Founder Friday #10- The Beauty of Being Chosen in a Performance Based Culture
For much of my life, I have found it easy to view God as an angry God whose love for me was based upon my performance or failures. Surely, He was just sitting up in heaven waiting for me to screw up. Even after reading that God is “slow to anger” (Exodus 34:6), it can be easy to view God the same way we so often mistakenly view each other - based upon what you have done for me lately.
It has become common in collegiate and professional athletics for coaches to be fired if they go more than 2 or 3 years without contending for a championship. Even if a coach just won a championship with his or her team a few years ago, it can often be assumed that the coach no longer knows what they’re doing or has what it takes to do it again. Forget what you have done in the past; we need to see it now. Again. And again. And again.
When I worked for Auburn University football in 2013, our head coach Gus Malzahn had essentially become a god to Auburn Football fans. In Coach Malzahn’s very first season as head coach, we not only defeated rival Alabama in the Iron Bowl, and won an SEC Championship, we made it all the way to the National Championship game. You’d have sworn there would soon be a statue erected of Coach Malzahn in front of the stadium.
Even before that first season had ended, Auburn quickly raised Coach Malzahn’s salary and extended his contract to 6 years in hopes they could keep him around for the long haul. By 2018, his contract was once again nearly doubled in value and extended through 2024. However, within a couple of years of that extension, Auburn had lost all faith in their once invincible coach. Despite winning records, Auburn had lost so much confidence in Coach Malzahn that they opted to pay his $21.5 million buyout instead of having him continue as coach.
We live not just in a performance culture. But a “what is your performance TODAY” culture. The expectation to perform can be crushing.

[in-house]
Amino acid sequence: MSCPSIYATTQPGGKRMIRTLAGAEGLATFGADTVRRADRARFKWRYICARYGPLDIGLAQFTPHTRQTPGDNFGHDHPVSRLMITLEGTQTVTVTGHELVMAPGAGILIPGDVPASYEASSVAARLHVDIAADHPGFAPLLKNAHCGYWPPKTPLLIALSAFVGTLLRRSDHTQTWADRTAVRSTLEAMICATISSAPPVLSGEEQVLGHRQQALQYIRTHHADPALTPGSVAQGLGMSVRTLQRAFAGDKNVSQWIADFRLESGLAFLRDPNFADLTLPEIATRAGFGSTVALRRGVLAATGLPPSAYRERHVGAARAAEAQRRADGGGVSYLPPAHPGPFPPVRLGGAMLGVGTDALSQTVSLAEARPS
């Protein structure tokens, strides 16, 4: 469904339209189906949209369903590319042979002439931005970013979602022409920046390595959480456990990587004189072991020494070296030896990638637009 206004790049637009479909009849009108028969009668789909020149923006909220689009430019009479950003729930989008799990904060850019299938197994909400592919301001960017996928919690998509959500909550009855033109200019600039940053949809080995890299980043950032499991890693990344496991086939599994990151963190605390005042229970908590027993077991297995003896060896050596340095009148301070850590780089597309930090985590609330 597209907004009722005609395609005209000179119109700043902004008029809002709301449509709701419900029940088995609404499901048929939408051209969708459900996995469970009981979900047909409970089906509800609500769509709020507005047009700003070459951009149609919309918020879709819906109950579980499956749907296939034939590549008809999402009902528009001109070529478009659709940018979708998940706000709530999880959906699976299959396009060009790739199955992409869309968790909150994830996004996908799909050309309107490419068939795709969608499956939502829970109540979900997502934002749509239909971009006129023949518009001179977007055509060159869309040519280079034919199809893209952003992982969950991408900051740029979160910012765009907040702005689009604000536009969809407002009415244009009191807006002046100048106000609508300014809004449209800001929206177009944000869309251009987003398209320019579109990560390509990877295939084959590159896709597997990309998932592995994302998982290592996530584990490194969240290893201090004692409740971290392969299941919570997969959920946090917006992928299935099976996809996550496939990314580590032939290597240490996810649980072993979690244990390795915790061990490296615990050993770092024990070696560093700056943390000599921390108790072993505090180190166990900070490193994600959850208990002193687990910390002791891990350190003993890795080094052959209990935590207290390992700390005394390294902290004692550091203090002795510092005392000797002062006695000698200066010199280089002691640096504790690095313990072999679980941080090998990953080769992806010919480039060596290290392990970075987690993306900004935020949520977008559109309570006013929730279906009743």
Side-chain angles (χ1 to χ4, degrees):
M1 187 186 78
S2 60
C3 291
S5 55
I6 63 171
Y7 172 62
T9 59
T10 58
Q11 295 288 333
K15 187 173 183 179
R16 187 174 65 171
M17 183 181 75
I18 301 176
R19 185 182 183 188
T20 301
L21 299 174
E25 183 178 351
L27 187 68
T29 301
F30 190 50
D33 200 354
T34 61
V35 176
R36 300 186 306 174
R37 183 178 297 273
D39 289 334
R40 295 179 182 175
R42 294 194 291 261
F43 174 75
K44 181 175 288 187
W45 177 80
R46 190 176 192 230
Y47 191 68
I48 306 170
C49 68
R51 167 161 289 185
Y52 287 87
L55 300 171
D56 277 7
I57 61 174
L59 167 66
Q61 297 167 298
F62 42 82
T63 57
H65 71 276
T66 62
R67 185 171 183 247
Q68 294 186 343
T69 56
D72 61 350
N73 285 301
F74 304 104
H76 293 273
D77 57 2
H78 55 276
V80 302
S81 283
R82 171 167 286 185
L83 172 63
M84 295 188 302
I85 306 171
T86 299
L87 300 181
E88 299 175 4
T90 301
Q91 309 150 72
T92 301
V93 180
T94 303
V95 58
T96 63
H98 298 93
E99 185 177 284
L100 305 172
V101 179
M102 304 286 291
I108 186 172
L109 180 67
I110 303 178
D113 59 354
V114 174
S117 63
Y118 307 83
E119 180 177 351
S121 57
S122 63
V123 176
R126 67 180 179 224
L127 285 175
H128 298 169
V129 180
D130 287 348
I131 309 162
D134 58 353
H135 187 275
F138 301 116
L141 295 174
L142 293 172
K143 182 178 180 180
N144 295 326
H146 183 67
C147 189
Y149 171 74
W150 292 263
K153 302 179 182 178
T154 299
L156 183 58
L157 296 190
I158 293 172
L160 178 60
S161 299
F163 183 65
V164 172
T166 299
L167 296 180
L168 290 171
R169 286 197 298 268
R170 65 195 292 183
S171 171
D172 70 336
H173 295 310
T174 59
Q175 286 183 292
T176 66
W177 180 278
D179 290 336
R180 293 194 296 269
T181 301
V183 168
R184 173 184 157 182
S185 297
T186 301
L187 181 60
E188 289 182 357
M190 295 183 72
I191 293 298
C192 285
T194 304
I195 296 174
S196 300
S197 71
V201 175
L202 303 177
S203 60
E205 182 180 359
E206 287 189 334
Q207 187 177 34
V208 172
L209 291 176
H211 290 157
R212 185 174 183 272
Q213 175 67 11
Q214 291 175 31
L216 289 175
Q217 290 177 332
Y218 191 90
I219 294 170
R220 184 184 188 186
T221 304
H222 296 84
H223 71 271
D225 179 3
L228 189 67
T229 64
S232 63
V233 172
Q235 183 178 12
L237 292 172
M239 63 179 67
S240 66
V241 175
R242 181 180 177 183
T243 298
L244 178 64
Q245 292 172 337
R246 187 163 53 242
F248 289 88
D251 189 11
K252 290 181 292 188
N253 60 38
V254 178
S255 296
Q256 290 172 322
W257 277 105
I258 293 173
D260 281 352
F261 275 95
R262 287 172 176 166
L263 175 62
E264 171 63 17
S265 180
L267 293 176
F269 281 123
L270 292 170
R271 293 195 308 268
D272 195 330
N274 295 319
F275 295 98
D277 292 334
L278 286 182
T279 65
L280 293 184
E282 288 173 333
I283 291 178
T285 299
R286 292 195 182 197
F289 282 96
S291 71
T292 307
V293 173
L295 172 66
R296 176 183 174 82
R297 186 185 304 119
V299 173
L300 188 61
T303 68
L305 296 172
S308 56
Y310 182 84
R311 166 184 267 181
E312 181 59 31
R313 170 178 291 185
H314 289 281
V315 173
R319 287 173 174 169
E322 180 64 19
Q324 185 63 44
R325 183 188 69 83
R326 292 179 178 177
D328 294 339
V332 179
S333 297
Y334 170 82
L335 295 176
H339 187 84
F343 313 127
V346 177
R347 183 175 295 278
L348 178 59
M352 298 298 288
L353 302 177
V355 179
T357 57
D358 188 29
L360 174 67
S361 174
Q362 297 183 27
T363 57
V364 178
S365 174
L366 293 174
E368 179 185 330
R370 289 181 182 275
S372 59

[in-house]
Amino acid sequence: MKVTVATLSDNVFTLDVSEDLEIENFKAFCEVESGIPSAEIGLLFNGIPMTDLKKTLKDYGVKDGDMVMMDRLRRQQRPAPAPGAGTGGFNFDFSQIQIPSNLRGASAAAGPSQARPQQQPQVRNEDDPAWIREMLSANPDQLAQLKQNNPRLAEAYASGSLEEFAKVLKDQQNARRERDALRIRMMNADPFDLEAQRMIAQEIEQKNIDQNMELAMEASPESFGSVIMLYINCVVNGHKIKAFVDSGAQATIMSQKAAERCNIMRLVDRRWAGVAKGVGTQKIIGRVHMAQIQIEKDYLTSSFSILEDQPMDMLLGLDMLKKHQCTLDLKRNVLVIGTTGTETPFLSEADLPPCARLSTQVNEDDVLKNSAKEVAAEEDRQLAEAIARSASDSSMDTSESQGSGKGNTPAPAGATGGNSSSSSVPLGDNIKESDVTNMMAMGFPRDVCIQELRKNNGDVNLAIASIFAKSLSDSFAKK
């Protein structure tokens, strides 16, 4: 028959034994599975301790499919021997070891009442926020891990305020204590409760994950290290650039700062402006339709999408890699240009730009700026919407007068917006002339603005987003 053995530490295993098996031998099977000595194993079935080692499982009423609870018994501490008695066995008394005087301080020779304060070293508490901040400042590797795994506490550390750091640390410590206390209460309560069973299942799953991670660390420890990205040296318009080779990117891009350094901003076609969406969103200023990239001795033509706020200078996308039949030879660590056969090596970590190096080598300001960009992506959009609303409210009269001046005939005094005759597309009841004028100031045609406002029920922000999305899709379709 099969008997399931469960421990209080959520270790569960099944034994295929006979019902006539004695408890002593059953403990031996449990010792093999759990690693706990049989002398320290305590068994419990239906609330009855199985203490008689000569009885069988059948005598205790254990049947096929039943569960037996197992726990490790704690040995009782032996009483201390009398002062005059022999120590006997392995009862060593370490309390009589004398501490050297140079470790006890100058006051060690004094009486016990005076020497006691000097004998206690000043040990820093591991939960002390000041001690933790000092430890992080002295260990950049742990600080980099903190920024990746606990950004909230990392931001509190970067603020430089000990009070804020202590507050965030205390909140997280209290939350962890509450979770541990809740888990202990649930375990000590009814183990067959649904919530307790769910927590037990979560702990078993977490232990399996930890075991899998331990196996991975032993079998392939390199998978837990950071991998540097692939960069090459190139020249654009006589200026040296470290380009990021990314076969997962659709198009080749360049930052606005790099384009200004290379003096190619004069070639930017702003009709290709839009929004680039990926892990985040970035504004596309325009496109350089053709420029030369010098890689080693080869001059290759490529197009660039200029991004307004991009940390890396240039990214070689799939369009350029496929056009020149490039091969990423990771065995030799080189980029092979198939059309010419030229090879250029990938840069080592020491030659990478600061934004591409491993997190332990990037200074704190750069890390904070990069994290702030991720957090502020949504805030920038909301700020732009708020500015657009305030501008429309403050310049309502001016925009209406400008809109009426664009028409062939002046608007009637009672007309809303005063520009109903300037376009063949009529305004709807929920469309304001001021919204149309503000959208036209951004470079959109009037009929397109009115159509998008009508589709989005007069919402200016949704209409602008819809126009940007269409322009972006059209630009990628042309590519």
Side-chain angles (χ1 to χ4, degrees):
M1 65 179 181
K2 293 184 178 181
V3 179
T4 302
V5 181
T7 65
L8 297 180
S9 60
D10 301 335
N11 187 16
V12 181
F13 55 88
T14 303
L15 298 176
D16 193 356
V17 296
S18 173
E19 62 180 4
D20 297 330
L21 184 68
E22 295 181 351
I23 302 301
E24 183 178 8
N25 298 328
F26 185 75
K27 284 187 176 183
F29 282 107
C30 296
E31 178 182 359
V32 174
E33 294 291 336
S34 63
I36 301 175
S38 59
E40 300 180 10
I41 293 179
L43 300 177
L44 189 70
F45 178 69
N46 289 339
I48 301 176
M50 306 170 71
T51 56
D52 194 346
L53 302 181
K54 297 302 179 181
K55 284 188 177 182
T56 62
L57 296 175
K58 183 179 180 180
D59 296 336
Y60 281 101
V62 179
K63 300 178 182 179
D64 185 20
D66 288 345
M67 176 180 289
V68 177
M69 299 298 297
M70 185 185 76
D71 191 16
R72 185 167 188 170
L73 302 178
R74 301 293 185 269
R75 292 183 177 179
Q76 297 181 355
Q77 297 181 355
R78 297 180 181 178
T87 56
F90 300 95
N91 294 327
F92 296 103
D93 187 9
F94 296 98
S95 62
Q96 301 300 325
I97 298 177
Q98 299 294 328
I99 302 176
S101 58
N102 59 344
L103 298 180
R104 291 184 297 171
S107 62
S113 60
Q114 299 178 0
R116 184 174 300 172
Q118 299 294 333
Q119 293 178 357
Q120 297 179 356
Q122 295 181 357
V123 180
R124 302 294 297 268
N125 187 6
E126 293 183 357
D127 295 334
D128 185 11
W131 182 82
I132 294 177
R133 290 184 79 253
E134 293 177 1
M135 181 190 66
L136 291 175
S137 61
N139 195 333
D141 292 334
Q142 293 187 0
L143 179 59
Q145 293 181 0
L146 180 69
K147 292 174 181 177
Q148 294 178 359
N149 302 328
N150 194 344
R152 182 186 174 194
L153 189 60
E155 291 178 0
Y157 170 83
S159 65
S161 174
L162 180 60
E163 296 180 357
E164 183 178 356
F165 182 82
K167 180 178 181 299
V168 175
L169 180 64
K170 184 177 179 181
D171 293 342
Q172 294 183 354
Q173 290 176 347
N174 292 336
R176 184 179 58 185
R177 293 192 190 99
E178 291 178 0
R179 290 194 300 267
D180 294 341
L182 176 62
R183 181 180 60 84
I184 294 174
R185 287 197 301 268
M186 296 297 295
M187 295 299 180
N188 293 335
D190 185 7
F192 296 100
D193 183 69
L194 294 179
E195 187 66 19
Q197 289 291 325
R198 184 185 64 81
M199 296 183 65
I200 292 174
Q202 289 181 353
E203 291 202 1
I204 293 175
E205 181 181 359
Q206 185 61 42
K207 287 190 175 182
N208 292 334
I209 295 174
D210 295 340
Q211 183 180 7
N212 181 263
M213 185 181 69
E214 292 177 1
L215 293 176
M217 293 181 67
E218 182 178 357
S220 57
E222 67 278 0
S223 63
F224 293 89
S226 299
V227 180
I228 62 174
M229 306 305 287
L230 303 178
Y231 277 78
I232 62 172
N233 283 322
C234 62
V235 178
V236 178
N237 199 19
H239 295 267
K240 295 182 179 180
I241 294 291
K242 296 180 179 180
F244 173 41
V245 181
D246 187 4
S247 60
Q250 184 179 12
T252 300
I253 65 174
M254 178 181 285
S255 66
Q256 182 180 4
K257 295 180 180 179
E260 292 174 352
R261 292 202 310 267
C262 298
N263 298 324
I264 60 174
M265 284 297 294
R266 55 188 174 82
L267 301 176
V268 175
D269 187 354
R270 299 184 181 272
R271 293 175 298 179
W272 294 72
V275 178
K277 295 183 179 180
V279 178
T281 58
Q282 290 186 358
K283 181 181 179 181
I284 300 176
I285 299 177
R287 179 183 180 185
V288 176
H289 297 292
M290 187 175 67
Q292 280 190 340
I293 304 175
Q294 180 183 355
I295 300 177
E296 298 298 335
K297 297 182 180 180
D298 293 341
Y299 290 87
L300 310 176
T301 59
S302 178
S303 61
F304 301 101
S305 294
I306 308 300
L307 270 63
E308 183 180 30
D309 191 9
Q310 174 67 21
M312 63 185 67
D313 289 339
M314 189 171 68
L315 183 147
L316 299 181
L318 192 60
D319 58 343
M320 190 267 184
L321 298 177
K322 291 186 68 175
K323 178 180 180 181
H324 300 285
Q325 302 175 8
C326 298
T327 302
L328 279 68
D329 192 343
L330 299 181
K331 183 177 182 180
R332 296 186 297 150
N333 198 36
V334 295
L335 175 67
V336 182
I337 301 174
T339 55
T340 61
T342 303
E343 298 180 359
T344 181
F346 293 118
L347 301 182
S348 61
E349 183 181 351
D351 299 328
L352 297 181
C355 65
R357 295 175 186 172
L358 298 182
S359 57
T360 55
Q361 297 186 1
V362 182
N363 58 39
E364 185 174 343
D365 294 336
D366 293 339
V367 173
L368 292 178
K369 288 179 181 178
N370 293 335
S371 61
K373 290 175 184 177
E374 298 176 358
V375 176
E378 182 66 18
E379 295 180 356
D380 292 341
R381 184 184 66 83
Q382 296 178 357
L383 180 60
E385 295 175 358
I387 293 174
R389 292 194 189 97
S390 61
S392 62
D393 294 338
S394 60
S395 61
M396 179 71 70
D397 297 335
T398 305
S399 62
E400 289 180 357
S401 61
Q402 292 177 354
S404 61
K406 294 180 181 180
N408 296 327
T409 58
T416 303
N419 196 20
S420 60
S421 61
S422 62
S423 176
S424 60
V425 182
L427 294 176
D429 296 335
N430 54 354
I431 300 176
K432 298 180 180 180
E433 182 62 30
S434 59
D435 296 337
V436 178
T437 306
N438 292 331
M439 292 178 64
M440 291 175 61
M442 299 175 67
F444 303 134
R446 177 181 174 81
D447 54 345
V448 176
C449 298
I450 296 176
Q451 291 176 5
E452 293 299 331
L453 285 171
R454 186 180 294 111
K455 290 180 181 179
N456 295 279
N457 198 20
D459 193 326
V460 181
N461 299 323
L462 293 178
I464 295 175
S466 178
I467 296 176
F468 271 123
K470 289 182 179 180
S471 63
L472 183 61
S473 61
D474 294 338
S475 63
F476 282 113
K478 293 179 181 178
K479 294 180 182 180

It can become dangerous when we mistakenly believe that God also holds us to the “performance today” standard. I often convince myself that God’s love for me is based not only on what I have done for him but on what I will do for him as well. The Word of God clarifies that we couldn’t be more wrong in our view of God. I have found this truth to be most evident through the endless list of imperfect people God chose and used throughout scripture.
Consider the following individuals.
Noah: He was given his name, which means “provide relief,” when he was born. I am not sure what he did in the womb to “earn” this name. Later we read that Noah “found favor”, and God declared to him, “I will establish my covenant with you.” This had nothing to do with Noah’s performance but everything to do with who God is and His promises.
Abram/Abraham: When I was reading about Abraham’s life, it’s made clear he obeyed after he was called. His calling was not based upon previous performances. Also prior to Abraham’s obedience, God invited Abraham to “receive” an inheritance, declaring “I will show”, “I will bless”, “I will make”. The “I” refers to God, not Abraham.
Sarai/Sarah: Even after she “received power” and an incredible promise from God, she abused her servant and her servants' child so badly that they had to flee. Still, “the Lord did to Sarah as he had promised.”
Moses: The only reason he even lived was because he was hidden as a baby for three months. A baby. No matter how good of a baby Moses might have been, it was not Moses’ performance as a baby that kept him from being killed. Later in his life, Moses’ anger got the best of him to the point that he committed murder.
The Israelites led by Moses: Great fear, grumbling, and complaining was their “performance” prior to God performing a miracle that allowed them to cross the Red Sea while the Egyptians, who were chasing them, drowned.
Samson: He was given his name, which means “he would save Israel”. He married a forbidden woman, doubted God, and complained of thirst to God moments after God gave him the power to defeat 1,000 men. Shortly after God graciously provided Samson with a miracle of water, Samson goes to sleep with a prostitute.
David: Described as a man after God’s heart, but was also a man who, instead of going to war with his soldiers, stayed back and had an affair with the wife of one of his soldiers, Uriah. His response when that woman became pregnant, and he ran out of options on how to cover it up, was to murder Uriah.
Clearly, God was not choosing based upon human performance.
Yet, what do all of these individuals have in common? Each one of them is listed as a “hero of the faith” in Hebrews 11.
Yes, they all demonstrated faith at times throughout their life, but let’s not forget they were first and foremost “chosen” by God, not based upon performance.
It can be easy to assume that every character in the Bible is some spiritual giant we must strive to become. When the reality is that this couldn’t be further from the truth. The Bible is incredibly transparent about the lack of performance in nearly every character highlighted. Let’s just say none of these are men or women you’d agree to let babysit your children, nor are they individuals who would be highly regarded for very long in our performance culture.